USPSTF also says women between the ages of 50 and 74 should have mammogram screenings every two years instead of every year.
Routine screening is not recommended for women older than 74.
In addition, the government task force:
- Concluded women and their doctors should base the decision to start mammography before age 50 on the woman’s individual risks and preferences.
- Recommends against breast self-exams based on findings from two large studies showing the practice to have no value.
- Concluded more evidence is needed to determine if clinical breast exams performed by trained medical professionals are useful.
- Concluded more research is needed before recommendations for or against mammography screening after age 74 can be made.
- Concluded there is not enough evidence to know if the newer digital mammography or MRI are superior to traditional film mammography.
ACS Does Not Support Changes
The dramatically revised guidelines were based on a comprehensive analysis of the research exploring the benefits and risks of breast cancer screening and a risk-benefit model commissioned by USPSTF.
Task force vice-chairwoman Diana B. Petitti, MD, MPH, says the new recommendations do not mean average-risk women younger than 50 and older than 74 should never be screened.
Rather, they are meant to foster discussion between these women and their doctors about the risks vs. benefits of routine screening.
"A woman who still wants to be screened after having the conversation with her clinician and considering the balance of benefits and harms should absolutely be screened," Pettiti tells WebMD.
The American Cancer Society will continue to recommend annual routine mammography screening for all healthy women age 40 and over, ACS Chief Medical Officer Otis Brawley, MD, confirmed in a statement issued today.
"This is one screening test I recommend unequivocally, and would recommend to any woman 40 and over, be she a patient, a stranger, or a family member," he notes.
Mammography Screening Every 2 Years
All agree that annual mammography screenings save lives.
But based on the research analysis and risk-assessment model, the task force concluded the harms of telling women to have a mammogram every year starting at age 40 outweigh the benefits.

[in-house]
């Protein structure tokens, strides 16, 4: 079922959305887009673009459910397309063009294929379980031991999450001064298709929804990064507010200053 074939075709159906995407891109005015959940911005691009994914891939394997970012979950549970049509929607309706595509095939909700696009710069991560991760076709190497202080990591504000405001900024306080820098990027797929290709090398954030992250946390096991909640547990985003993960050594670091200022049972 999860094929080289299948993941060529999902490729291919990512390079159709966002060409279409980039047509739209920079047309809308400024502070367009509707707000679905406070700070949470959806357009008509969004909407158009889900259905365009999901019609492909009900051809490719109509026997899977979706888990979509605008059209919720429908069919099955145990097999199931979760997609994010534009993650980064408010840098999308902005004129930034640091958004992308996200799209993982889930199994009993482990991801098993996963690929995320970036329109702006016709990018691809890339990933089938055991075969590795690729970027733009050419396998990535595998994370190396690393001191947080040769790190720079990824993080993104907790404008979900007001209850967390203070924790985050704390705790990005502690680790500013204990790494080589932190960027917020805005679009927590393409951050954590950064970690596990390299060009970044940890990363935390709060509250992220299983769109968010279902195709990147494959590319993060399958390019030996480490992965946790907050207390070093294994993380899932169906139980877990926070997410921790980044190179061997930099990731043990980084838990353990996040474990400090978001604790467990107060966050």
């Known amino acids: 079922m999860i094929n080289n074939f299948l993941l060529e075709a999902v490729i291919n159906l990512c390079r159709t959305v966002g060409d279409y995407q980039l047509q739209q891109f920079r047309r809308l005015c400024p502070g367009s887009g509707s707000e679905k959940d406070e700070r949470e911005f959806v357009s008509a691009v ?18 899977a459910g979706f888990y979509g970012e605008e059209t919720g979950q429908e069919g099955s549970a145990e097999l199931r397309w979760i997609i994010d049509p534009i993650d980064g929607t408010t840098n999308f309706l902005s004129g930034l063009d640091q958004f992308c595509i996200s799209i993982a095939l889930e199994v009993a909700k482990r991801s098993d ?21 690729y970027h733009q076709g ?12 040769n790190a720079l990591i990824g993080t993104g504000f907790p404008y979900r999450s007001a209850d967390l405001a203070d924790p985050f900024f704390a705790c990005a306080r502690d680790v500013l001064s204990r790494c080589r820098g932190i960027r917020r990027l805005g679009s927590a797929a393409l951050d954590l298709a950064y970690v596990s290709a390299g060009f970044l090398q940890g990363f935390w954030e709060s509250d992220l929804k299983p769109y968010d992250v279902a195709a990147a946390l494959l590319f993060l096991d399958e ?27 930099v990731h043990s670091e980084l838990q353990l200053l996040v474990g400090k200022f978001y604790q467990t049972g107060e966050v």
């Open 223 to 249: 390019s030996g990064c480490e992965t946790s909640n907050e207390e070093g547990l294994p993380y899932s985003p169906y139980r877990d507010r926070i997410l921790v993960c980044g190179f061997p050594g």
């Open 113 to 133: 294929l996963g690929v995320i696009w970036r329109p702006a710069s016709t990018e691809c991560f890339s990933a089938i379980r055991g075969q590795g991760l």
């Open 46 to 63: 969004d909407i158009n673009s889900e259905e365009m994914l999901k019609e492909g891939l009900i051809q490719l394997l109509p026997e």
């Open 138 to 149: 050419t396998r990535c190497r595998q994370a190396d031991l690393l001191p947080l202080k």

According to the newly published research analysis:
- 1,904 women between the ages of 39 and 49 would need to be invited for screening to have one breast cancer death prevented.
- 1,339 women between the ages of 50 and 59 would need to be invited for screening to prevent one death.
- 377 women between the ages of 60 and 69 would need to be invited for screening to prevent one death.
According to the risk-assessment model, about 60% more false-positive results could be expected for every 1,000 mammograms performed when screening is started at age 40 instead of 50.
Jeanne S. Mandelblatt, MD, MPH, of Georgetown Lombardi Comprehensive Cancer Center led the research team that developed the model.
The team concluded that mammogram screening every two years achieves most of the benefits of annual screening with far fewer false-positives and other negative outcomes.
"Mammogram screening clearly has benefits, but there are potential risks as well," she tells WebMD. "Women need to discuss their own individual balance of risks and benefits with their health care providers."
Brawley: ‘Women Want Mammograms’
The American Cancer Society’s Brawley says surveys show women understand the limitations of mammography but still place a high value on breast cancer screening.
“With its new recommendations, the USPSTF is essentially telling women that mammography at age 40 to 49 saves lives; just not enough of them,” he notes.
In 2003, an ACS expert panel reviewed much of the same research as the USPSTF panel but came to very different conclusions about who should be screened and how often, ACS volunteer president Elizabeth T.H. Fontham, MD, tells WebMD.
She worries the competing recommendations will confuse women and keep those who most need mammograms from getting them.
“It would be a terrible thing if women conclude that mammography screening is not useful,” she says. “One thing we know for sure is that mammography saves lives. That is true for women in their 40s, for women 75 and older, and for all women in between.”
Fox Chase Cancer Center Director of Mammography Kathryn Evers, MD, tells WebMD she will continue to recommend annual screening to her patients in their 40s and to healthy patients who are 75 and older.
She is concerned that health insurance providers may deny coverage for routine mammogram screening to average-risk women younger than 50 and older than 74, based on the new USPTF recommendations.
“Mammography is not a perfect tool, but it saves lives,” she says. “Right now it is the best tool we have to prevent deaths from breast cancer, and women want their insurance to pay for it.”
In a joint statement emailed to WebMD, the American College of Radiology (ACR) and the Society of Breast Imaging say the new guidelines could cost women's lives.
Calling the guidelines a "cost-cutting" measure, the ACR states that "two decades of decline in breast cancer mortality could be reversed and countless American women may die needlessly from breast cancer each year."
In the statement, Carol H. Lee, MD, chairwoman of the ACR's Breast Imaging Commission, calls the USPSTF recommendations "unfounded." Lee adds, "Mammography is not a perfect test, but it has unquestionably been shown to save lives -- including in women aged 40-49."